I went deep down the rabbit hole to get to bottom of this issue. It turns out that bash on OSX has a few quirks, not unexpected with the various flavors of UNIX around. It turns out that when firing up a bash shell, bash looks in .bash_profile for config statements. If you enter bash into bash, you fire up a sub shell, and that's when and only when .bashrc is executed.
To make sure you only have to manage one config file, put:
if [ -f ~/.bashrc ]; then
in your .bash_profile. This just tells bash to look into the .bashrc file if it exists. You can then leave that file alone and only modify your .bashrc file and all instances of bash will be modified the same. Once I figured this out, I still had to solve my problem. Here's the best I could do. When Python installed it installed this into my .bash_profile:
This tells bash where to look for the libraries needed to run Python. So I moved this statement to my .bashrc file after putting the "if" statement into my .bash_profile. I then tried adding a : to the PATH statement with the path to my Python modules, but that didn't work. So, I have settled for a statement like this in .bashrc:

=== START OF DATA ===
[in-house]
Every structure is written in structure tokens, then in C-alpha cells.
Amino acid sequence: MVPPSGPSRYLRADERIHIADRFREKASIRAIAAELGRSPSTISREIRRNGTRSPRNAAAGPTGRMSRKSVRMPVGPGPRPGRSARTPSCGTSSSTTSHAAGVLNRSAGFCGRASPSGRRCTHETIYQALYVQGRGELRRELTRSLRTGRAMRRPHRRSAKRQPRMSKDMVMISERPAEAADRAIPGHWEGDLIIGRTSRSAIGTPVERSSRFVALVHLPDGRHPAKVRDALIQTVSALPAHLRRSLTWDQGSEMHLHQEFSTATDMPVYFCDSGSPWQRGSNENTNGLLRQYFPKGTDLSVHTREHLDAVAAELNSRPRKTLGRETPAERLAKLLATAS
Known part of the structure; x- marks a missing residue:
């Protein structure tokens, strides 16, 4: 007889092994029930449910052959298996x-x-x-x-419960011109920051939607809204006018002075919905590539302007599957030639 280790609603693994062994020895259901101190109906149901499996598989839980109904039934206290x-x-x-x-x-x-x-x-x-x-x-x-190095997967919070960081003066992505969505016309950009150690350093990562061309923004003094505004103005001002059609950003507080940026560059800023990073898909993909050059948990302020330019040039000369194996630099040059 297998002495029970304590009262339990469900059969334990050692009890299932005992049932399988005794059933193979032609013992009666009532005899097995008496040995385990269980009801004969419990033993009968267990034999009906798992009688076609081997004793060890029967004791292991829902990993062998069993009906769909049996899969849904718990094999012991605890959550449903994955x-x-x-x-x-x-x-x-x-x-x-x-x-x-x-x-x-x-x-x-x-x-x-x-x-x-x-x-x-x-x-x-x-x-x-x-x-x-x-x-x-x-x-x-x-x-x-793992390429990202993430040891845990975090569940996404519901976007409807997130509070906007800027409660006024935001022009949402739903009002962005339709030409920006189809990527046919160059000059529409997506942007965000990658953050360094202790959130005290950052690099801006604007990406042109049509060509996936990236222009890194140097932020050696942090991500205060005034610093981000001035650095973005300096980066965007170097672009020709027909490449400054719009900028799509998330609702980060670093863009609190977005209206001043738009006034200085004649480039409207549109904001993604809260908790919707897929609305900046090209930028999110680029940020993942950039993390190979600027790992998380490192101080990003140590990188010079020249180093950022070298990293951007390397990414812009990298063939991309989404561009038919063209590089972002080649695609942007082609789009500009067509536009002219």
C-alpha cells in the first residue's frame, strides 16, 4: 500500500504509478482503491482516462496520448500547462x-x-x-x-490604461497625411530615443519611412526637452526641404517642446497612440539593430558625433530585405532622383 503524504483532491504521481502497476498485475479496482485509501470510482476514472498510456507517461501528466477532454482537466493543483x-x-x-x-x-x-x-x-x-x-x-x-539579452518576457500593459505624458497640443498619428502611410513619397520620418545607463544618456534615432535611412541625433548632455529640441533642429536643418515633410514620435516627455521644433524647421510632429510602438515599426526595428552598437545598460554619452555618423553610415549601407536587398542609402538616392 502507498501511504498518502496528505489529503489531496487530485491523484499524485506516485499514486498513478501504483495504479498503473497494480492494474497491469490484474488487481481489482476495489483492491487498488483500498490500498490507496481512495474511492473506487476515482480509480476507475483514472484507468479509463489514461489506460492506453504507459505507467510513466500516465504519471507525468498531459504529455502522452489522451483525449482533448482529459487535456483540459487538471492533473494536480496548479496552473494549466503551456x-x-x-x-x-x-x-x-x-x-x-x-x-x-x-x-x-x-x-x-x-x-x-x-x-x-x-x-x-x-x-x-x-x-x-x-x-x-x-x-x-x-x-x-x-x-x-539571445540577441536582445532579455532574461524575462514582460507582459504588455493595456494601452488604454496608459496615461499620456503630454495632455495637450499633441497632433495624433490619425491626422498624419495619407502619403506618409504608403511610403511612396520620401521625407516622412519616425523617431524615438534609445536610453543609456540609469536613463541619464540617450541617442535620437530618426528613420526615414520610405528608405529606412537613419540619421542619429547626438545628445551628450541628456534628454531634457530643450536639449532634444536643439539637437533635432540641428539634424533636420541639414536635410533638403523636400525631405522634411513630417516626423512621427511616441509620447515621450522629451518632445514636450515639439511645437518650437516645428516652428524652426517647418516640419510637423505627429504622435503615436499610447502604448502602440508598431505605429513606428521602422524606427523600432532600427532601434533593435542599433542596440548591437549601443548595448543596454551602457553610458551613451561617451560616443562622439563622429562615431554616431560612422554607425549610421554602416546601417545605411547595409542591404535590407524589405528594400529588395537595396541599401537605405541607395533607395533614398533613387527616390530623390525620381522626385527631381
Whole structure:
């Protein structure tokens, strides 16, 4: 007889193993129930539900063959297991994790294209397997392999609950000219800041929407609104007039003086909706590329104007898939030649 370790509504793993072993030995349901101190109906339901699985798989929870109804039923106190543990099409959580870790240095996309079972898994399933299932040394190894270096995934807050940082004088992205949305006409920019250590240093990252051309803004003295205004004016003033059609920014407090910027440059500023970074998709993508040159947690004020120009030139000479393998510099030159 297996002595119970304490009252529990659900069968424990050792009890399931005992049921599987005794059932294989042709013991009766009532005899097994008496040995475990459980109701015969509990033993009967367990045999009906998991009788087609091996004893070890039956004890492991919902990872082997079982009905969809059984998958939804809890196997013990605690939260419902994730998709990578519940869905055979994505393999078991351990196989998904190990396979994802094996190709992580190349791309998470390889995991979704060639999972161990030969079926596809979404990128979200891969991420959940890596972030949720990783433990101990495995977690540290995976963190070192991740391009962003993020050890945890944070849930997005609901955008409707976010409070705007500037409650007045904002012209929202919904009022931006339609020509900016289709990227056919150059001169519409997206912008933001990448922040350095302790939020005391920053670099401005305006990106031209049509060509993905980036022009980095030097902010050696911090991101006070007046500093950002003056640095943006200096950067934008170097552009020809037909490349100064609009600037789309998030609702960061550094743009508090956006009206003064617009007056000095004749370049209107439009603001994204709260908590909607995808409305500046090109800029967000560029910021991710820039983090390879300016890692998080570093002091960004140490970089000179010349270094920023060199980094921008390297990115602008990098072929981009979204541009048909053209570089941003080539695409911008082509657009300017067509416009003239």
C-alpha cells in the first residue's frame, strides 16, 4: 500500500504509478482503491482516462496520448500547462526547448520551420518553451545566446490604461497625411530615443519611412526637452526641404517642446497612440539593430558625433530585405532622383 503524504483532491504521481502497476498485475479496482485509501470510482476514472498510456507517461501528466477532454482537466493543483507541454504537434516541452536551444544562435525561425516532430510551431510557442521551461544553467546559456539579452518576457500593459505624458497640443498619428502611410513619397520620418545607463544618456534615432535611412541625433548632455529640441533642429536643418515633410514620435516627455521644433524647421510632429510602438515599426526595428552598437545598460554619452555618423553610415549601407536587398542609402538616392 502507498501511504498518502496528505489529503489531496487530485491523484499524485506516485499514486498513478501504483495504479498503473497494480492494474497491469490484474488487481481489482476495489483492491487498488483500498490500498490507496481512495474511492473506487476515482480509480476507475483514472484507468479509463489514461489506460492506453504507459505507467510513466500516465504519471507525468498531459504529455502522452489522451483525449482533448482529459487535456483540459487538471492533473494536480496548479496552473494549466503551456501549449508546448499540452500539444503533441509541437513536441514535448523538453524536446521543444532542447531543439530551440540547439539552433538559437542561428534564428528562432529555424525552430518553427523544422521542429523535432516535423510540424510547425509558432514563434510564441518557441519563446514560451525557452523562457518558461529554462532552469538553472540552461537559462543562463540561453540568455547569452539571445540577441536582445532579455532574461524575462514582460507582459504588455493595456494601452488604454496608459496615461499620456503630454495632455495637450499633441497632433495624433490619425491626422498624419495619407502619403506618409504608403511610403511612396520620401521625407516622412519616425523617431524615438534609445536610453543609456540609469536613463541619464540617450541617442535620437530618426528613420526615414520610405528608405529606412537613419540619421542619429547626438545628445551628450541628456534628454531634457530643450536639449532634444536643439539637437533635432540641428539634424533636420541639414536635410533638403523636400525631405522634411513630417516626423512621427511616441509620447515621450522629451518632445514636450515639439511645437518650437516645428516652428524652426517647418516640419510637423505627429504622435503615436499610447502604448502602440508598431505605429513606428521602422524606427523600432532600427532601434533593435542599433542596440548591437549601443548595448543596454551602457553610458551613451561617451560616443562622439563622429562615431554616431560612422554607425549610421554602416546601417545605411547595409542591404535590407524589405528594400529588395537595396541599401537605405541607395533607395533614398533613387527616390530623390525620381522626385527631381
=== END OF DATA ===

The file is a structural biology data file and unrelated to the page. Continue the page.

PYTHONPATH=$PYTHONPATH:/Users/ftpbub/Documents/workspace/Pyhton\ Programming\ Modules/src/
Now I enter 'python' at the command prompt, and when I get to python, I can enter import modulename without the path and it works. If I start a new project in a new directory, I should be able to add it to my PYTHONPATH and be good. I would have liked to be able to enter python modulename right into bash and have the module execute, but I haven't figured out how to do that. Other than that, I think this the best I can do. Ideas for how to go straight to the module from the bash prompt, without entering the path? Thanks,